CAM member Ellen valiantly took up the challenge to speak briefly with the convoy truck driver, who was concerned about how the carbon tax would affect his trucking business. They exchanged contact details to set up a meeting. Here, at least, was one person willing to discuss the issues and listen to some alternative viewpoints.
Unfortunately, most convoy members seemed to be getting their information from the likes of radio shock jocks, given some of the claims about climate change that were shrieked at us.
“Climate changes all the time! It’s silly to think humans can affect it!”
To which we reply: “…um, it’s basic physics!”
It was Sydney radio shock jock and pompus ranter Allan Jones who was a driving force behind the Canberra anti-carbon tax rallies. He also coined the super clever term ‘Ju-liar’, which was printed on stickers plastered all over the rally.
As the afternoon dragged on, and people from our group had mostly drifted off to work and study and family, Kelvin finally took to the microphone. He delivered the world’s quietest amplified speech to his remaining supporters, so as to avoid rousing the convoy remnants. They stayed huddled around their loudspeaker. Meanwhile, the homeless-looking man in their midst, who was somehow equipped with a folding chair and beer stubbies, yet again rummaged through the Harding St wheelie bins.
All in all, it made for a very odd, somewhat amusing, but definitely disturbing few hours. It’s shocking to be screamed at in fury by people who could easily be your father, your uncle, your sister. Especially in the cause of trying to, you know, avert the collective suicide of humanity.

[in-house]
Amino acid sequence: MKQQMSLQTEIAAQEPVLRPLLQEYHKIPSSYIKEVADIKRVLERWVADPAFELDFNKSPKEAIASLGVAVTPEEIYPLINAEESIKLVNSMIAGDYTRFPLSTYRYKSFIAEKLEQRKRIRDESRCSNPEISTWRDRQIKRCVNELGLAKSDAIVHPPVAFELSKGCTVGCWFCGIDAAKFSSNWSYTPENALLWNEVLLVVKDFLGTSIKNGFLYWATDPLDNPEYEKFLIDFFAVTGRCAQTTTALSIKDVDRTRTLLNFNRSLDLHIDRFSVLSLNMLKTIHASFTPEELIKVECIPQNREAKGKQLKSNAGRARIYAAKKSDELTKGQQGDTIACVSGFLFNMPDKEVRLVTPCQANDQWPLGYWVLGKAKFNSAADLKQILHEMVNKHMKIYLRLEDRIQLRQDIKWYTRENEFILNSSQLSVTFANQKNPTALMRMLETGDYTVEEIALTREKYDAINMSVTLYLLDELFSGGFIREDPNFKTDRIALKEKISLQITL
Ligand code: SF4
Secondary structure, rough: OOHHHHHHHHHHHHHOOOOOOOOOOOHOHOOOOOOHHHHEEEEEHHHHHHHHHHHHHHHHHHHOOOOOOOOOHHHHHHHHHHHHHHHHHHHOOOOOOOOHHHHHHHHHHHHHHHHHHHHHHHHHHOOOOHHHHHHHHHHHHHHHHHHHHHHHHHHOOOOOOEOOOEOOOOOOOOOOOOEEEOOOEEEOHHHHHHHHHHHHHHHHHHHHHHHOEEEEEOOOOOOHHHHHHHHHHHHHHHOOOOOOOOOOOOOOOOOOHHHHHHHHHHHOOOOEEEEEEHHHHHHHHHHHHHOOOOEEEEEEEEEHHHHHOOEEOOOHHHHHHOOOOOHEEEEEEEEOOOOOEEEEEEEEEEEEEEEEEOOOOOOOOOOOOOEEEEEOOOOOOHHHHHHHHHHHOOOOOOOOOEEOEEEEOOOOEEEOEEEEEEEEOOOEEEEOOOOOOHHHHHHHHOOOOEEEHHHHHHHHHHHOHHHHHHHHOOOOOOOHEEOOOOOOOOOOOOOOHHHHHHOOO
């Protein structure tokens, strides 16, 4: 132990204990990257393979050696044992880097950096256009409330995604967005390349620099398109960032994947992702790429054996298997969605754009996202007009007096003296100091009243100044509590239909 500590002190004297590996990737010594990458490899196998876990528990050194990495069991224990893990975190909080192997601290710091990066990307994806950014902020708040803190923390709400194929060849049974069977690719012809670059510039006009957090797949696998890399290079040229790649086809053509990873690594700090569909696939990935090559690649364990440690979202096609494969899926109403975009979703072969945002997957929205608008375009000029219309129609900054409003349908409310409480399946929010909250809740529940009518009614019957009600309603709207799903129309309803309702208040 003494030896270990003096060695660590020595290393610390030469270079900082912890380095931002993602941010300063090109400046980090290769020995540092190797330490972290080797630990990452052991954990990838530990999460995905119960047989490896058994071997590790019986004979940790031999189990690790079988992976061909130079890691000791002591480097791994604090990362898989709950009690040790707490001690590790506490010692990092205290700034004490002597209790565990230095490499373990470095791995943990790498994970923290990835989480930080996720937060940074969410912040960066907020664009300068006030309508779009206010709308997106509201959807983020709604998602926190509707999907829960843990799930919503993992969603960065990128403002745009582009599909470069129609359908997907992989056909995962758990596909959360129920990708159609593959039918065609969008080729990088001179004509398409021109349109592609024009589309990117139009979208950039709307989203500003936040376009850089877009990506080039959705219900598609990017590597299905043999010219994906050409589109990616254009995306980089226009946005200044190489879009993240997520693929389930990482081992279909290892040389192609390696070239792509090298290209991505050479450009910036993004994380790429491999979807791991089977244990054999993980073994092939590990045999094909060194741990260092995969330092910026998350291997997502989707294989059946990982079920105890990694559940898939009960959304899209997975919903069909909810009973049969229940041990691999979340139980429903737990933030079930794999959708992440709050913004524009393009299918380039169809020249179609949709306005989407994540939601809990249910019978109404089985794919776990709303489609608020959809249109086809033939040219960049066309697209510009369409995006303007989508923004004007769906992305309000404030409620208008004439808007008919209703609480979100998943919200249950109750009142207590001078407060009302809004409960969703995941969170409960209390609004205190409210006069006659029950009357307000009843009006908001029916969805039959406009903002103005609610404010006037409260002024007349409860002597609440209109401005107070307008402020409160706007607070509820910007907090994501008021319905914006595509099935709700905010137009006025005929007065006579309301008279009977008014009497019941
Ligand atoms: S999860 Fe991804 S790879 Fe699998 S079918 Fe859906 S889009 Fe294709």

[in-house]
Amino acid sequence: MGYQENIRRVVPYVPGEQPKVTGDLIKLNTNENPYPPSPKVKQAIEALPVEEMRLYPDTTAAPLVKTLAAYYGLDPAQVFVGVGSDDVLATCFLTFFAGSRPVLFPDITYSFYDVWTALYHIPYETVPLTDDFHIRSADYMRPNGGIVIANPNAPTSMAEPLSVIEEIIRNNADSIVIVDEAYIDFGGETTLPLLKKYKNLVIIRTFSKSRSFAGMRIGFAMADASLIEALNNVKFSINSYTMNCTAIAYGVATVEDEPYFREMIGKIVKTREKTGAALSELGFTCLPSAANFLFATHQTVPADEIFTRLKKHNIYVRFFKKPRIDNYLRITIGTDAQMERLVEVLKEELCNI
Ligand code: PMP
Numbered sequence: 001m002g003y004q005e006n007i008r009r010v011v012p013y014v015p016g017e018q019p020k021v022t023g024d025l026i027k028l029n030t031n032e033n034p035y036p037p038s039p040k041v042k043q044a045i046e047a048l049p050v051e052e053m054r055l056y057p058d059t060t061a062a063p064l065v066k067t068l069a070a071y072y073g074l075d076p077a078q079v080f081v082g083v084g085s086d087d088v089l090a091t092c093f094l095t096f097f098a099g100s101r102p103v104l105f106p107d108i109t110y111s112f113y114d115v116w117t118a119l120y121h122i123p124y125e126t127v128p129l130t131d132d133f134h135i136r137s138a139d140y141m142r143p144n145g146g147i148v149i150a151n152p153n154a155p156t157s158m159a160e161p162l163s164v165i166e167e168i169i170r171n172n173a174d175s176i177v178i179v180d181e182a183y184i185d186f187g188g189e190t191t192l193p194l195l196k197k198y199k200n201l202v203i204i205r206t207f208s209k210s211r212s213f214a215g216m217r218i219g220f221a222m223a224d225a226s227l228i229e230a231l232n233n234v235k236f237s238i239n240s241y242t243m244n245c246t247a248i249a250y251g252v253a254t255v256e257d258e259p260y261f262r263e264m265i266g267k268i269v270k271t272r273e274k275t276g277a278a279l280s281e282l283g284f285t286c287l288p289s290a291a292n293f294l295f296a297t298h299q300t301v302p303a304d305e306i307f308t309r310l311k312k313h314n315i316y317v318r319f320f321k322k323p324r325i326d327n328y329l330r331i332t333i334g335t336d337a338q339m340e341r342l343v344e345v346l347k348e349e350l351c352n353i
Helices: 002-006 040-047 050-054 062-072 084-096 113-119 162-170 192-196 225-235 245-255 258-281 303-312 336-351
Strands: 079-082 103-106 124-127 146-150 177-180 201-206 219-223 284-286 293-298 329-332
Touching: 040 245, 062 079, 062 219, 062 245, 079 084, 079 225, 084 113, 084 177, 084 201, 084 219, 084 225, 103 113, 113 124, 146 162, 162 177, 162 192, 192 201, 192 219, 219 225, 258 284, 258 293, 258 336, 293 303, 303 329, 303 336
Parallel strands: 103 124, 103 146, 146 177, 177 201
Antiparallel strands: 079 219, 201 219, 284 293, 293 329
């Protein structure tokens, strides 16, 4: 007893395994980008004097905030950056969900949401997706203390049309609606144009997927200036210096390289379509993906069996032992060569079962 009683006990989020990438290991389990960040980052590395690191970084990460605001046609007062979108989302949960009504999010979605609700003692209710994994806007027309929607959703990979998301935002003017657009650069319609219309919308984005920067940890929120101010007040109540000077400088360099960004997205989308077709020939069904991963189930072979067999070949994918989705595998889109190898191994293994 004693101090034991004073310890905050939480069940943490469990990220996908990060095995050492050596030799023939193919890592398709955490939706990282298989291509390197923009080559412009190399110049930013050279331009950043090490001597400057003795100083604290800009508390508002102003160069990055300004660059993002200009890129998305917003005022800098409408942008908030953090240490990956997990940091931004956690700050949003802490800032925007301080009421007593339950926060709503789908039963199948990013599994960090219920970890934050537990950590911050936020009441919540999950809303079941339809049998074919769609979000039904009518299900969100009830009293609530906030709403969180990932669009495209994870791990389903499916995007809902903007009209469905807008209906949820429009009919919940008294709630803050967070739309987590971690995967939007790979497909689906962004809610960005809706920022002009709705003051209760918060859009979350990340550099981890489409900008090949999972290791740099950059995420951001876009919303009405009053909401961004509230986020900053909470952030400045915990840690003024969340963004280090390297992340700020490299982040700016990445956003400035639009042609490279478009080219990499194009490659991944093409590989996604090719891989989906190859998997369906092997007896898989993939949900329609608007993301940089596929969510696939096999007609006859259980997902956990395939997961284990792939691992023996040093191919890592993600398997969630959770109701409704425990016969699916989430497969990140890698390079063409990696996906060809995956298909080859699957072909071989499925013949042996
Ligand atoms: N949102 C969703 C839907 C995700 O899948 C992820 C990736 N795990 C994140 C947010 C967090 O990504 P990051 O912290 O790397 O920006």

While each person involved in the anti-carbon tax rally no doubt has their own story, their own concerns and worries and reasons for being there, they are playing a part in a much bigger and very dangerous game. Perhaps many of them intuit this, deep in the depths of their cognitive dissonance. But whatever their private reasons for attending this rally, whatever drives their intense anger, it seems clear that most of the convoy members don’t see climate change as a serious or even a real problem.
We have CAM members who are against the carbon tax for various reasons, but of course they promote strong action on climate change by other means. And they wouldn’t dream of joining the convoy, since it is so counterproductive and has been orchestrated by climate deniers and vested interests. People such as Alan Jones and Tony ‘people’s revolt’ Abbott, who reduce the issue of climate change to party politics and prey on scientific illiteracy and those with private grievances to spare. In this, those people at the Coburg anti-carbon tax rally ARE victims, just not in the way they think. They have been lied to and manipulated and duped. And it’s not us they should be yelling at.